Michigan Adopts MCLs for Seven PFAS

In 2019 Michigan began a process to establish maximum contaminant levels (MCLs) for seven PFAS compounds.  Yesterday (July 22, 2020) the State issued a Press Release that the proposed MCLs have completed the regulatory process and the final MCLs are expected to become effective on August 3, 2020.

Link to Michigan Press Release and a table presenting the seven MCLs:


Here are the seven MCLs:

PFNA – 6 parts per trillion (ppt)

PFOA – 8 ppt

PFHxA – 400,000 ppt

PFOS – 16 ppt

PFHxS – 51 ppt

PFBS – 420 ppt

HFPO-DA – 370 ppt


In 2017 Michigan created MPART [Michigan PFAS Action Response Team] in response to PFAS contamination throughout the State.  MPART consists of members from the following State government departments: Environment, Great Lakes and Energy; Health and Human Services; Natural Resources; Agriculture and Rural Development; Transportation; Military and Veteran Affairs; and Licensing and Regulatory Affairs.

In March 2019, Governor Whitmer directed MPART to form a Science Advisory Workgroup that would “inform the rulemaking process for appropriate MCLs for PFAS.”   In June 2019 the three-member Science Advisory Workgroup recommended “health based” levels for the seven PFAS.  Three public hearings were held on the proposed MCLs in January 2020.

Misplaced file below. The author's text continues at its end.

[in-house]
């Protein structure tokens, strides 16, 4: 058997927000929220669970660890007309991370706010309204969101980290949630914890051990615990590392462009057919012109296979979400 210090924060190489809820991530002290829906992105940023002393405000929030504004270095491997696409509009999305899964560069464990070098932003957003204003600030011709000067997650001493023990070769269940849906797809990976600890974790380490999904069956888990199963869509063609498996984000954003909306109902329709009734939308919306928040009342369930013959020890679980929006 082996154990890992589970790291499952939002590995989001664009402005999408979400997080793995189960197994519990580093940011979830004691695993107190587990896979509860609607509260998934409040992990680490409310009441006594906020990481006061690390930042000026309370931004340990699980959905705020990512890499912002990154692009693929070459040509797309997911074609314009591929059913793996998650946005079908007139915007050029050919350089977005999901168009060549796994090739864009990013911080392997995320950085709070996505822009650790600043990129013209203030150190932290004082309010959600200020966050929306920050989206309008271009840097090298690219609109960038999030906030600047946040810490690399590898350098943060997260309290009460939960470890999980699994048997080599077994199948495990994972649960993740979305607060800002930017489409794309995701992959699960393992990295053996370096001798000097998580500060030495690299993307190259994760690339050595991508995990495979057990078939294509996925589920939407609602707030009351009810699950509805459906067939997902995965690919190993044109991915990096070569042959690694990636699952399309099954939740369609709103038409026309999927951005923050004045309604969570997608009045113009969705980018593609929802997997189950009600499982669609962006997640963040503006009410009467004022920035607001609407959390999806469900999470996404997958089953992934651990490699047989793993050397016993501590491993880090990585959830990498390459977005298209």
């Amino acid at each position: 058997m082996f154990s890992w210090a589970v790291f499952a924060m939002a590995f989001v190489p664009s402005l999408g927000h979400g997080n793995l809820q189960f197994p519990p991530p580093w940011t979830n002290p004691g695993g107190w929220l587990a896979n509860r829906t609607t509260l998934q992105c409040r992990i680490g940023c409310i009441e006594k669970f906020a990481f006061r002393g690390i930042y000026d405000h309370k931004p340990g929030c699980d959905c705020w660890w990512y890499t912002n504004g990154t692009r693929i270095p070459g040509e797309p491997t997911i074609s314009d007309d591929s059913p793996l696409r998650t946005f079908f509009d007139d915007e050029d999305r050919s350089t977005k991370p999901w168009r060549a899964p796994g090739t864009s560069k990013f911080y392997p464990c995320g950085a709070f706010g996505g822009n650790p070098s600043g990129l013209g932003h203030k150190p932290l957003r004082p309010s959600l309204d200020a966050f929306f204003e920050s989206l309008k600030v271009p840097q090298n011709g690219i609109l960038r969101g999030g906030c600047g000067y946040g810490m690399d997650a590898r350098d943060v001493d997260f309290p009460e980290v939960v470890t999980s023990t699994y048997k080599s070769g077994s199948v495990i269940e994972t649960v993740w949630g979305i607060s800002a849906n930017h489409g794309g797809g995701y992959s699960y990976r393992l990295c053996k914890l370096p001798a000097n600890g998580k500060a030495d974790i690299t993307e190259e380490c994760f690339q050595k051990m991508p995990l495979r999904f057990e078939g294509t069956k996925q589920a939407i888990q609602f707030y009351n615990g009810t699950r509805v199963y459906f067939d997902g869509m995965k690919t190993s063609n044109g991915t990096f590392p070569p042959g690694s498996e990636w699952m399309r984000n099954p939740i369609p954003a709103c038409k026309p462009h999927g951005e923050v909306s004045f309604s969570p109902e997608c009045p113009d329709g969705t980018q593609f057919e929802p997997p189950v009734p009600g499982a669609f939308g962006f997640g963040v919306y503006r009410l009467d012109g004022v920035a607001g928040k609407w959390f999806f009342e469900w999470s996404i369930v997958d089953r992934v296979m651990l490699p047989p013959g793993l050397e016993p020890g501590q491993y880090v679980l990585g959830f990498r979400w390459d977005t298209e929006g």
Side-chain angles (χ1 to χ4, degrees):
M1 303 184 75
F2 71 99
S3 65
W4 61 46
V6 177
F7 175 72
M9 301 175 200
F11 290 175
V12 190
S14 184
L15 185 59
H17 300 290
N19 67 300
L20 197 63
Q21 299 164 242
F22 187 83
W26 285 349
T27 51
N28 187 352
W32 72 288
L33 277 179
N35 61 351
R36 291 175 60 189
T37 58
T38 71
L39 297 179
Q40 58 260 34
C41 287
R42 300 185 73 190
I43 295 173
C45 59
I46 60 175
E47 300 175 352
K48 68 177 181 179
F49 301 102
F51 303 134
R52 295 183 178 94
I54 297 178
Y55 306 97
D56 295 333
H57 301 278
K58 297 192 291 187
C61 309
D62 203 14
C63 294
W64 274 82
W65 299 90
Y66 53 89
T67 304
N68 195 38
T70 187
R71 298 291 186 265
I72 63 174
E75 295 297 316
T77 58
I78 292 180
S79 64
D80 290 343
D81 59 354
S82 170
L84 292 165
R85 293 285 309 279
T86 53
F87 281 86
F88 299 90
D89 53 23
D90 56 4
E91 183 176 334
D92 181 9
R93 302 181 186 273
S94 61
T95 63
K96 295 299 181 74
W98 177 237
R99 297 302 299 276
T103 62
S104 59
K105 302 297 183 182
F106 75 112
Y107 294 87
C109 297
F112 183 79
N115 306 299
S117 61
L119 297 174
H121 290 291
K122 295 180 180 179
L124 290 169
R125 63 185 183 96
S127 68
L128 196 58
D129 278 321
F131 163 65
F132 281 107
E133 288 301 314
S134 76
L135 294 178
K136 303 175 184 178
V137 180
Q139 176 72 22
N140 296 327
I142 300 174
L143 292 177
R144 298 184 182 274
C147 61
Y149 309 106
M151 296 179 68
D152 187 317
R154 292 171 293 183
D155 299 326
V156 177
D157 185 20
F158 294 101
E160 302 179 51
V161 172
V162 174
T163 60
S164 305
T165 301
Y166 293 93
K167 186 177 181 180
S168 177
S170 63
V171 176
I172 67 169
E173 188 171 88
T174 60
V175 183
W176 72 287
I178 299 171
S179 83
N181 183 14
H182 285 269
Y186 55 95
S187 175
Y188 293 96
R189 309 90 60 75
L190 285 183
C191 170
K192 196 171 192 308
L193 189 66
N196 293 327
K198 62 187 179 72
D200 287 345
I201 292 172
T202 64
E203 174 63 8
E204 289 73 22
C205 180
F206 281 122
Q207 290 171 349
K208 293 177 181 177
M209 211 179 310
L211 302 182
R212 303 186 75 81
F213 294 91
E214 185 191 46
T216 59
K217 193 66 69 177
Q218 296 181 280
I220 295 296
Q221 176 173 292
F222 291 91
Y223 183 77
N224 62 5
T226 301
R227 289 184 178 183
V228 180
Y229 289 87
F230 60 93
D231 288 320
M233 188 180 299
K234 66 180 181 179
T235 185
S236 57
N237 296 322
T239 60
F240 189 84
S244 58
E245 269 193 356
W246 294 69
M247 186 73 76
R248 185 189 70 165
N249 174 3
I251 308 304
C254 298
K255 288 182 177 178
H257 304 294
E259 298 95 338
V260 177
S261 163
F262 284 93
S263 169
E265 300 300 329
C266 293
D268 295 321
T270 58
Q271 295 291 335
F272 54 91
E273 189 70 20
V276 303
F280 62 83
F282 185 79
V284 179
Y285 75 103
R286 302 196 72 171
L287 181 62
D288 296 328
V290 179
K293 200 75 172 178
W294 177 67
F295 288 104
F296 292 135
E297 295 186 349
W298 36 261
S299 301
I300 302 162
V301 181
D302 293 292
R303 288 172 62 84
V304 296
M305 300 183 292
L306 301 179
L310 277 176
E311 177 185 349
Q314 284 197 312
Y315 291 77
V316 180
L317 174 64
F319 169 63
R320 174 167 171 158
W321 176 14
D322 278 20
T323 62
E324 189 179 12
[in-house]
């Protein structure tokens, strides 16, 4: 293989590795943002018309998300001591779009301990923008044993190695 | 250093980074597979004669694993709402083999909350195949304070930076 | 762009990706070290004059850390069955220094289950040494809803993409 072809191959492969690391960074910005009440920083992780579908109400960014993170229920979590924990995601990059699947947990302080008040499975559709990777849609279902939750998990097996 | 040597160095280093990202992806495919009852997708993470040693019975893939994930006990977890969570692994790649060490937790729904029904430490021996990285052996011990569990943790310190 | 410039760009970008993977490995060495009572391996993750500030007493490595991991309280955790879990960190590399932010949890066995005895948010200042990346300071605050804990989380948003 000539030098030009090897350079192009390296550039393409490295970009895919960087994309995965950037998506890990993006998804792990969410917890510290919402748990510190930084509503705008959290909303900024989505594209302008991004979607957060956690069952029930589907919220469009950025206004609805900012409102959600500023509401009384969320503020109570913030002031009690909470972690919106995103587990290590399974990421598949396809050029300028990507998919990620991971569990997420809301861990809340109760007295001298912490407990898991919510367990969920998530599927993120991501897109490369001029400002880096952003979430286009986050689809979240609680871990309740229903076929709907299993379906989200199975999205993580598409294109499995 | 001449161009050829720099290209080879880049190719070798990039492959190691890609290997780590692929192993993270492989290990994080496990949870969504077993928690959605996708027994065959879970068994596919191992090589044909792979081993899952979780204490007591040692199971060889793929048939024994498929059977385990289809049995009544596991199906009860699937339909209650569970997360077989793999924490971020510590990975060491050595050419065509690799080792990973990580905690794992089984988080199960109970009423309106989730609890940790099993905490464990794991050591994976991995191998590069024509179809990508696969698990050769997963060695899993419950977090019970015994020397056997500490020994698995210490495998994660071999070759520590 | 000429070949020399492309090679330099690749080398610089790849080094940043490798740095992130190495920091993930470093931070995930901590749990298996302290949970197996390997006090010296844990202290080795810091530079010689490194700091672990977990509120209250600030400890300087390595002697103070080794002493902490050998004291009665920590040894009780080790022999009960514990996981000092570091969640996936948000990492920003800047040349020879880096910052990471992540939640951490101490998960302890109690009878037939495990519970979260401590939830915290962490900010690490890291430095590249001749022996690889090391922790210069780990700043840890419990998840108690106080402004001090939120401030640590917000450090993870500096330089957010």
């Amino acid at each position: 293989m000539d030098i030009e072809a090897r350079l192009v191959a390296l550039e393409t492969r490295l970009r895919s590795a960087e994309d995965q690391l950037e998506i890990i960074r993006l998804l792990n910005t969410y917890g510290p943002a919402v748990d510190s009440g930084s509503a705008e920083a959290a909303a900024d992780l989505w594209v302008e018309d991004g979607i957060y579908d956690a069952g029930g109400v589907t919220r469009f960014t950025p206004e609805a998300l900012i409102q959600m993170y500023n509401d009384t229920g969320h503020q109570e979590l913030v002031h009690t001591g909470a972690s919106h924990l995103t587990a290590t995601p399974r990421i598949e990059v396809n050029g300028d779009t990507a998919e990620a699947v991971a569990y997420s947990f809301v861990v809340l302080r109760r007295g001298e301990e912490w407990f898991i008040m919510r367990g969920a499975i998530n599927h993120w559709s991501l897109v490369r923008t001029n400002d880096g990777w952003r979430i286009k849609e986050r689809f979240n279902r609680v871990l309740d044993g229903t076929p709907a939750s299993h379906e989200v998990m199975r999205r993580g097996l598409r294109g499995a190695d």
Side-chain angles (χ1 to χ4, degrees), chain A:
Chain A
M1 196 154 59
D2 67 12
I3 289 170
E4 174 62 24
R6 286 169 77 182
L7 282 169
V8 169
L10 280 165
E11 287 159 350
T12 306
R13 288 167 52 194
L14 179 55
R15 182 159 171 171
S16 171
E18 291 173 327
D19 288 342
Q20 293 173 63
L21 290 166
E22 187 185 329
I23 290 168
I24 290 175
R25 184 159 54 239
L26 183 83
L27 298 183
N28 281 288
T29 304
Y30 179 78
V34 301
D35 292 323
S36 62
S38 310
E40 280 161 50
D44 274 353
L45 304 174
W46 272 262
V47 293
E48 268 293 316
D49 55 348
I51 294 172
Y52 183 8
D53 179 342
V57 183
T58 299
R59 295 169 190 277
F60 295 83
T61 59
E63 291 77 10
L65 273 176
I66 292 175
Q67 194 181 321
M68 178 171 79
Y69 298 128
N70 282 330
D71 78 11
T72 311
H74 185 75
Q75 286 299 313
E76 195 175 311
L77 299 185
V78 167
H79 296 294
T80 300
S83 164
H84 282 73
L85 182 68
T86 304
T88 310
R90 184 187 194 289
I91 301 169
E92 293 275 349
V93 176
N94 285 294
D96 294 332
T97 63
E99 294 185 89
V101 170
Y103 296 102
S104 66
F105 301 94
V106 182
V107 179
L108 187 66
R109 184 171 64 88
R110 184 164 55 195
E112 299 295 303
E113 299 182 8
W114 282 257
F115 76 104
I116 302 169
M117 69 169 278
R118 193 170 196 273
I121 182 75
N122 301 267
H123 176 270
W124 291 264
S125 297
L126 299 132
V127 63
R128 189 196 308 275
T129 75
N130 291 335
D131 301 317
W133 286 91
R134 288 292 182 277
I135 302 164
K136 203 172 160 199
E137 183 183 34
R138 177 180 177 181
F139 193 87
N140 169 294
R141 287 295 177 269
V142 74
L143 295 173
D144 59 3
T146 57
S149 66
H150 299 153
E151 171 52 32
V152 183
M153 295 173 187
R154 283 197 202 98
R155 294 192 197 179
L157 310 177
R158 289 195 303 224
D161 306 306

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About Dan Askenaizer

Dr. Askenaizer leads WQTS’ work on regulatory compliance support for many of our water agencies clients. Dr. Askenaizer tracks water quality and treatment regulations at the Federal and State levels and provides regulatory updates to our clients. Dr. Askenaizer has strong expertise in the development of Regulatory Monitoring and Compliance Plans (RMCPs), which he has completed for a number of water agencies. He has also been working on a number of projects dealing with the development of distribution system monitoring plans and review of nitrification control strategies. Prior to joining WQTS, Dr. Askenaizer was the Water Quality Manager for the Glendale Water and Power. Under his leadership, the Water Quality Group conducted a demonstration-scale study of chlorite for nitrification control and a pilot-scale study of biological treatment for removal of nitrate. Dan has 30 years of experience working on projects dealing with regulatory, water quality and public health issues. Dan has given numerous presentations at workshops and round-tables across the country for water utilities. Dan was instrumental in developing and implementing a Mentoring Program for water staff and was involved in a Sustainable Development team.